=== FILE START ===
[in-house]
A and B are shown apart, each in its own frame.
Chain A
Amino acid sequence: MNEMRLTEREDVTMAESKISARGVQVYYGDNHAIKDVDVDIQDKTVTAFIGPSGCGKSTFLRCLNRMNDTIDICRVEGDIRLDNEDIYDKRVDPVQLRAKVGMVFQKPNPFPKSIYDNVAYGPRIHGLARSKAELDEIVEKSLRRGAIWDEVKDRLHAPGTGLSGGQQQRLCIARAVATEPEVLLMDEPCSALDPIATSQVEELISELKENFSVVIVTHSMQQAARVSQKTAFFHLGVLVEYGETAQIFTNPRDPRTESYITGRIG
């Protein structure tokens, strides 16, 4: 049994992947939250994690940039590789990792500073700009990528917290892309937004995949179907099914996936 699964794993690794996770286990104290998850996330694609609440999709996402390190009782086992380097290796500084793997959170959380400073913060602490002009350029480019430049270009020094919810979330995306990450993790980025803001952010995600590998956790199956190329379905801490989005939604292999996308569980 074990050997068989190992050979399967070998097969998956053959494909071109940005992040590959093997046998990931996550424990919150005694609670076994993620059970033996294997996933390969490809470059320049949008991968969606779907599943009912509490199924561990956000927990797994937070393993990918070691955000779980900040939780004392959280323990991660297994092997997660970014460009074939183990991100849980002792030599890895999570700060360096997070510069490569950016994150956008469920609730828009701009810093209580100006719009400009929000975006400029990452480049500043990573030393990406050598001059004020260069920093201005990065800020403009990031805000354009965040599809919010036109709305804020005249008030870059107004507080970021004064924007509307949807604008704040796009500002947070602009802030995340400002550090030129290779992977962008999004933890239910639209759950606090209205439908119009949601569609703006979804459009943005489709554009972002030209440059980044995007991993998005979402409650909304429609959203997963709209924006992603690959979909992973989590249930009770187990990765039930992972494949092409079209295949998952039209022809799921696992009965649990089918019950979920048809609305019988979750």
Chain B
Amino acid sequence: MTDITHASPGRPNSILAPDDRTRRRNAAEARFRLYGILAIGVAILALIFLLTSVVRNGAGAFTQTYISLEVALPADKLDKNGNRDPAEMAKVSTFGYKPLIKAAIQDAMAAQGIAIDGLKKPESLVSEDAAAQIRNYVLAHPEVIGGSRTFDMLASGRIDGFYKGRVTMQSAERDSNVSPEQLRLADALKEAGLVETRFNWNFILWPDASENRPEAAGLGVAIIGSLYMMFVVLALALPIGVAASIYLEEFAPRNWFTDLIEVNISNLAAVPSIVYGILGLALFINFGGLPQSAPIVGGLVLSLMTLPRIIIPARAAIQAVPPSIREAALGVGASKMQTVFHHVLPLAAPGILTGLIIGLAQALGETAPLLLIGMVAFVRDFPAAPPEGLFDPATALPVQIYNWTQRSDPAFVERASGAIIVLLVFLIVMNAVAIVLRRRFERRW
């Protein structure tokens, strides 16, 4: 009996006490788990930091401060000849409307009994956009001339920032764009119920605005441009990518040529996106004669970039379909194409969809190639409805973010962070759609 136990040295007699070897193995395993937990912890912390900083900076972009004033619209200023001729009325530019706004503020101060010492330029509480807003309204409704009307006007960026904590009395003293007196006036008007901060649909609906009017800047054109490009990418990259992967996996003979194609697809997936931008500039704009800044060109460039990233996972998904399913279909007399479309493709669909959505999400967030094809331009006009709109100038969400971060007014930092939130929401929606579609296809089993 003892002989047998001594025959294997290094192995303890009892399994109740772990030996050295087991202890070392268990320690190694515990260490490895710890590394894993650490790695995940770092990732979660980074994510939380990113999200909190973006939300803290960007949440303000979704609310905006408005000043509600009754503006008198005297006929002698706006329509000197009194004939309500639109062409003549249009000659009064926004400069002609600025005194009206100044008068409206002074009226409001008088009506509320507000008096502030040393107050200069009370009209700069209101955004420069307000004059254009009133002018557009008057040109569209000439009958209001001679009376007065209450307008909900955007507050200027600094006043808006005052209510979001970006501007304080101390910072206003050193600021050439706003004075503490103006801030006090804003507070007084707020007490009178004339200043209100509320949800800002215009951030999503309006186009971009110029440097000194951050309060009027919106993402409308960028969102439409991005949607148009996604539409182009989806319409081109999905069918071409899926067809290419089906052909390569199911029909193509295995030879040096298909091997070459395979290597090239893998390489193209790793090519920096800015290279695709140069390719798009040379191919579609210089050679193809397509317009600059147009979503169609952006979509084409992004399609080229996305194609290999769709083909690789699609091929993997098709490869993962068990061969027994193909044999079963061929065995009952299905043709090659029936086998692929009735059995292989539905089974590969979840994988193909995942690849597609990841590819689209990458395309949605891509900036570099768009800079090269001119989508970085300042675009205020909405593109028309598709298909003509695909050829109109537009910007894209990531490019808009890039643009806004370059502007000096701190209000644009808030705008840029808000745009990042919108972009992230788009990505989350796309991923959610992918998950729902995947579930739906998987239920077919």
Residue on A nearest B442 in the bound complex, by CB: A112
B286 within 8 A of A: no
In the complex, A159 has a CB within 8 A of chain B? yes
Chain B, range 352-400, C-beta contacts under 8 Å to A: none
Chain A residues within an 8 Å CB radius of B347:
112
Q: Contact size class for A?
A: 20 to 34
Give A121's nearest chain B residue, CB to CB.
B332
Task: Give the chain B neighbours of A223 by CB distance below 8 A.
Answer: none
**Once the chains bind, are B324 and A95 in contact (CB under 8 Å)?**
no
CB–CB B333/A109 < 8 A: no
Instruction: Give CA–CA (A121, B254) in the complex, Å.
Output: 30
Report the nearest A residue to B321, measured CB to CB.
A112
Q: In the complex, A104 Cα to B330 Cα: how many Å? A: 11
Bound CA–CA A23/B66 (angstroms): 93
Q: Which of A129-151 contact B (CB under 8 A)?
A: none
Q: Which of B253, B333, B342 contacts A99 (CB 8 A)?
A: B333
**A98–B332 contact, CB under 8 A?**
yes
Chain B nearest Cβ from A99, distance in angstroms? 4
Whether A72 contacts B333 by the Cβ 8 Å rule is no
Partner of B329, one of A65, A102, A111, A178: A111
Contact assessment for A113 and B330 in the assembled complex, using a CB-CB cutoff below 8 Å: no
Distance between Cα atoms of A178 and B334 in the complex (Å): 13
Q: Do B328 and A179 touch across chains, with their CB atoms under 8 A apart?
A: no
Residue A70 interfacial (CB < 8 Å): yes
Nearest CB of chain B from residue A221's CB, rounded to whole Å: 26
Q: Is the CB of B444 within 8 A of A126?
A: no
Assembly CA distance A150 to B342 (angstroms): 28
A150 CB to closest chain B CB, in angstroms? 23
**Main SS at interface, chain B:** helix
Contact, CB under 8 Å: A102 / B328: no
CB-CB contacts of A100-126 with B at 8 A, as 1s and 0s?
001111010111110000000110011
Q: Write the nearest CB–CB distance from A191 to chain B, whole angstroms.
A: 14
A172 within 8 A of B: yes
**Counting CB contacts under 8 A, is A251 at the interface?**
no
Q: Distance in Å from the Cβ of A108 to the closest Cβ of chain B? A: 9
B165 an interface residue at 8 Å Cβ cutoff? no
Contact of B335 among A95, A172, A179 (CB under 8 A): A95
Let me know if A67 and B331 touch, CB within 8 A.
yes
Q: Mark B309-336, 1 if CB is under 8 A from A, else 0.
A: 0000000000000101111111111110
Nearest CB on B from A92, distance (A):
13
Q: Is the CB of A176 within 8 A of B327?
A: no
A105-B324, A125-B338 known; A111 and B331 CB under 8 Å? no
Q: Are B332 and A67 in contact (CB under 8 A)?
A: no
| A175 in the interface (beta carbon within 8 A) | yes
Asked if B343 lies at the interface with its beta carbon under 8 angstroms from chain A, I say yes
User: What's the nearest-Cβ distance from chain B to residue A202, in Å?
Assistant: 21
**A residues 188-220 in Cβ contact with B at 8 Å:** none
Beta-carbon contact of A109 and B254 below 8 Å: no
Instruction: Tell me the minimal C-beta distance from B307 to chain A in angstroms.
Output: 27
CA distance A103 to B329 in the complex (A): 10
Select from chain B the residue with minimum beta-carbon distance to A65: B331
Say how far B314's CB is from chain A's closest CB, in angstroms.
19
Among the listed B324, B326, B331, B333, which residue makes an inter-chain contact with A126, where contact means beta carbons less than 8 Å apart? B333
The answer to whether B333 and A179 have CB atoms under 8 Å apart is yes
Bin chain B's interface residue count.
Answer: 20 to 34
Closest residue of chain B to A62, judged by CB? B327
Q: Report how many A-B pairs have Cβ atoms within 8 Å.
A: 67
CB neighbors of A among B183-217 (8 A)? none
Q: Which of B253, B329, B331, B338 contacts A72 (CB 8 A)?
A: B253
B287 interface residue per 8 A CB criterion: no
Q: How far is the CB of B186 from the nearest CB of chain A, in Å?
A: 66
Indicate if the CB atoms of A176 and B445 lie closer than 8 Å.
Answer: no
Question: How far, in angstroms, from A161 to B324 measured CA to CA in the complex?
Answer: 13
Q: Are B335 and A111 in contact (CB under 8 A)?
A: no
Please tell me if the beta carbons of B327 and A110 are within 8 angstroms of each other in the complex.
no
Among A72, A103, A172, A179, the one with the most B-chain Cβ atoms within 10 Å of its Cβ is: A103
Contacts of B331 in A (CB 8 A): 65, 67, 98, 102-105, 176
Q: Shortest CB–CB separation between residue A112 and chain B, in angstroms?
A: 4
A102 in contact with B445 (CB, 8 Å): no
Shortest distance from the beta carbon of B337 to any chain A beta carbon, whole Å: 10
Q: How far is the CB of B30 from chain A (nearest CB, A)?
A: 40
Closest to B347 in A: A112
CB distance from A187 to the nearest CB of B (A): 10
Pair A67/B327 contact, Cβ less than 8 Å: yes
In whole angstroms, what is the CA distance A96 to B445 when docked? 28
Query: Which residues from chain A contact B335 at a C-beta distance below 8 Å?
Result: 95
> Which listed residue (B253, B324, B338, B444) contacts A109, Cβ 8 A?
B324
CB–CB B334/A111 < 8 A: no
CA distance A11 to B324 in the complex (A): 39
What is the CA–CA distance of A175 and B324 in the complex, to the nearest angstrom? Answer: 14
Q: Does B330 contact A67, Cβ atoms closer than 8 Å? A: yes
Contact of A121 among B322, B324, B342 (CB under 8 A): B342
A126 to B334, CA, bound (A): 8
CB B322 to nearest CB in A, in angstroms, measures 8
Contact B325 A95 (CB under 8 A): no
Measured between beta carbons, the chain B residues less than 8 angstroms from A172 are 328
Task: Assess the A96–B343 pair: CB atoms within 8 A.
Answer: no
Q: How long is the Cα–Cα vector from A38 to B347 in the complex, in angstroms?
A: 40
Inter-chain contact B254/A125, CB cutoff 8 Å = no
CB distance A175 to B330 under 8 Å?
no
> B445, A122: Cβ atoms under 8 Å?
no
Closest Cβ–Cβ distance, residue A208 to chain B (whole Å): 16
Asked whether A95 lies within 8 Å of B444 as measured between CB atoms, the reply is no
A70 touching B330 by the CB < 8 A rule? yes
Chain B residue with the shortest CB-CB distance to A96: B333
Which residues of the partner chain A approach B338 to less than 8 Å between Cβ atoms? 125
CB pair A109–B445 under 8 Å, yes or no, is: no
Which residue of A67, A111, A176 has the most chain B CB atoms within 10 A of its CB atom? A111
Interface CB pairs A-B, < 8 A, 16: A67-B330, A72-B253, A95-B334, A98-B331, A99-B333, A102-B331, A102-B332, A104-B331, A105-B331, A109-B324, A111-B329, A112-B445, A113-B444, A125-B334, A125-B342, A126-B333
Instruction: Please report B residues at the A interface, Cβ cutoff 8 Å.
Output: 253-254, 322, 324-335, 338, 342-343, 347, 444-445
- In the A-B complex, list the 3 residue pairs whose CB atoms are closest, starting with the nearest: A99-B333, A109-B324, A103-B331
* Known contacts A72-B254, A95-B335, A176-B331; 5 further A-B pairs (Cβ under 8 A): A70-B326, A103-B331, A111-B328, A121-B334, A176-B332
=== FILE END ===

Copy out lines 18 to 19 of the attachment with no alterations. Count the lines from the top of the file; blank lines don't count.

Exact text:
B332
Task: Give the chain B neighbours of A223 by CB distance below 8 A.